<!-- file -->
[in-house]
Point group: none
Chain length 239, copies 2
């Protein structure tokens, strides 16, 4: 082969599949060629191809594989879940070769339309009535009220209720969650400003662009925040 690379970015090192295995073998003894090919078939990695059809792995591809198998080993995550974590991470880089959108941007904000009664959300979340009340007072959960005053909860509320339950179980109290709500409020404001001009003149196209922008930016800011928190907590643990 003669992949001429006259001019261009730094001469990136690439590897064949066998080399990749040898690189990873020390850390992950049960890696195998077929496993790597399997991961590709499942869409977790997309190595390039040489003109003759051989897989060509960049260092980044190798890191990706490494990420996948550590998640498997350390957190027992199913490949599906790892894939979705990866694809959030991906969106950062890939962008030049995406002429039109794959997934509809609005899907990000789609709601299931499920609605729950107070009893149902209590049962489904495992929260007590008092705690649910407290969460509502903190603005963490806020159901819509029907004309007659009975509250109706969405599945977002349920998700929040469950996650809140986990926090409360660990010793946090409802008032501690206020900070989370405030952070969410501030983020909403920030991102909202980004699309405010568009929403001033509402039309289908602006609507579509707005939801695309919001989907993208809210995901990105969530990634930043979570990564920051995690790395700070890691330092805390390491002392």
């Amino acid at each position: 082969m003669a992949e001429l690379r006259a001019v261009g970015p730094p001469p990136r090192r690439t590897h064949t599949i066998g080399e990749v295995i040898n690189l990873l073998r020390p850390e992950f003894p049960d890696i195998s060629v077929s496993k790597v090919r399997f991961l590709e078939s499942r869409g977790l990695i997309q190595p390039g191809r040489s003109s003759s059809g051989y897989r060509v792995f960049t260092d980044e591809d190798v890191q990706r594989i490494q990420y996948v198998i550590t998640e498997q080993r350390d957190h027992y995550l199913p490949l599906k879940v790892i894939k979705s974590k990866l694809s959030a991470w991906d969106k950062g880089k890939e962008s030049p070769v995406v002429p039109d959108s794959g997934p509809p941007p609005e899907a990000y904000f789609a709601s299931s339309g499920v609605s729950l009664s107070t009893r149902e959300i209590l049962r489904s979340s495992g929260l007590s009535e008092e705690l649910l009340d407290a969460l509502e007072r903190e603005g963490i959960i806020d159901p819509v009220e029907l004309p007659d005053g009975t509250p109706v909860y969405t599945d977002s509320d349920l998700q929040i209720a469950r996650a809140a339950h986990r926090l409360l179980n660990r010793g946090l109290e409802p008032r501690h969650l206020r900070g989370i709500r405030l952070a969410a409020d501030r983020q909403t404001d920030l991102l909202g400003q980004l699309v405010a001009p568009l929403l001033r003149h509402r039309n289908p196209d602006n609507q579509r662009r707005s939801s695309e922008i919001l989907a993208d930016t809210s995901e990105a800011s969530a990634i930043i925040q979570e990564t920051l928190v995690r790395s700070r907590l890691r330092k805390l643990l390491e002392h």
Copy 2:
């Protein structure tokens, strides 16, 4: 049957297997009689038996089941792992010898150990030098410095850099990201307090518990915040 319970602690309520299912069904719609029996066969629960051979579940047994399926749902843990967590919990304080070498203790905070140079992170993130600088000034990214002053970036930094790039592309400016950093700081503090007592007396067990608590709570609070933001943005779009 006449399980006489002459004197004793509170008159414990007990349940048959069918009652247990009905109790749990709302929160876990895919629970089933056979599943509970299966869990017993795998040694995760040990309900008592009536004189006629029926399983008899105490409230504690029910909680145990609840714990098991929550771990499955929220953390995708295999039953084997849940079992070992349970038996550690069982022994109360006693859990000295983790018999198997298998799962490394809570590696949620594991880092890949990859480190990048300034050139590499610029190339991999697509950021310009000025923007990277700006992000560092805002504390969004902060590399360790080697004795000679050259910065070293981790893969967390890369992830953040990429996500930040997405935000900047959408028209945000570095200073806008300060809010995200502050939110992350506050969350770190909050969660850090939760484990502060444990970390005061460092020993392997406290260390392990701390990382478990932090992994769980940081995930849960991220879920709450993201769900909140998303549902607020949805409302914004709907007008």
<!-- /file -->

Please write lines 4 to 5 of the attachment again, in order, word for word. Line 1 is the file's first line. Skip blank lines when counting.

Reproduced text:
């Protein structure tokens, strides 16, 4: 082969599949060629191809594989879940070769339309009535009220209720969650400003662009925040 690379970015090192295995073998003894090919078939990695059809792995591809198998080993995550974590991470880089959108941007904000009664959300979340009340007072959960005053909860509320339950179980109290709500409020404001001009003149196209922008930016800011928190907590643990 003669992949001429006259001019261009730094001469990136690439590897064949066998080399990749040898690189990873020390850390992950049960890696195998077929496993790597399997991961590709499942869409977790997309190595390039040489003109003759051989897989060509960049260092980044190798890191990706490494990420996948550590998640498997350390957190027992199913490949599906790892894939979705990866694809959030991906969106950062890939962008030049995406002429039109794959997934509809609005899907990000789609709601299931499920609605729950107070009893149902209590049962489904495992929260007590008092705690649910407290969460509502903190603005963490806020159901819509029907004309007659009975509250109706969405599945977002349920998700929040469950996650809140986990926090409360660990010793946090409802008032501690206020900070989370405030952070969410501030983020909403920030991102909202980004699309405010568009929403001033509402039309289908602006609507579509707005939801695309919001989907993208809210995901990105969530990634930043979570990564920051995690790395700070890691330092805390390491002392």
């Amino acid at each position: 082969m003669a992949e001429l690379r006259a001019v261009g970015p730094p001469p990136r090192r690439t590897h064949t599949i066998g080399e990749v295995i040898n690189l990873l073998r020390p850390e992950f003894p049960d890696i195998s060629v077929s496993k790597v090919r399997f991961l590709e078939s499942r869409g977790l990695i997309q190595p390039g191809r040489s003109s003759s059809g051989y897989r060509v792995f960049t260092d980044e591809d190798v890191q990706r594989i490494q990420y996948v198998i550590t998640e498997q080993r350390d957190h027992y995550l199913p490949l599906k879940v790892i894939k979705s974590k990866l694809s959030a991470w991906d969106k950062g880089k890939e962008s030049p070769v995406v002429p039109d959108s794959g997934p509809p941007p609005e899907a990000y904000f789609a709601s299931s339309g499920v609605s729950l009664s107070t009893r149902e959300i209590l049962r489904s979340s495992g929260l007590s009535e008092e705690l649910l009340d407290a969460l509502e007072r903190e603005g963490i959960i806020d159901p819509v009220e029907l004309p007659d005053g009975t509250p109706v909860y969405t599945d977002s509320d349920l998700q929040i209720a469950r996650a809140a339950h986990r926090l409360l179980n660990r010793g946090l109290e409802p008032r501690h969650l206020r900070g989370i709500r405030l952070a969410a409020d501030r983020q909403t404001d920030l991102l909202g400003q980004l699309v405010a001009p568009l929403l001033r003149h509402r039309n289908p196209d602006n609507q579509r662009r707005s939801s695309e922008i919001l989907a993208d930016t809210s995901e990105a800011s969530a990634i930043i925040q979570e990564t920051l928190v995690r790395s700070r907590l890691r330092k805390l643990l390491e002392h």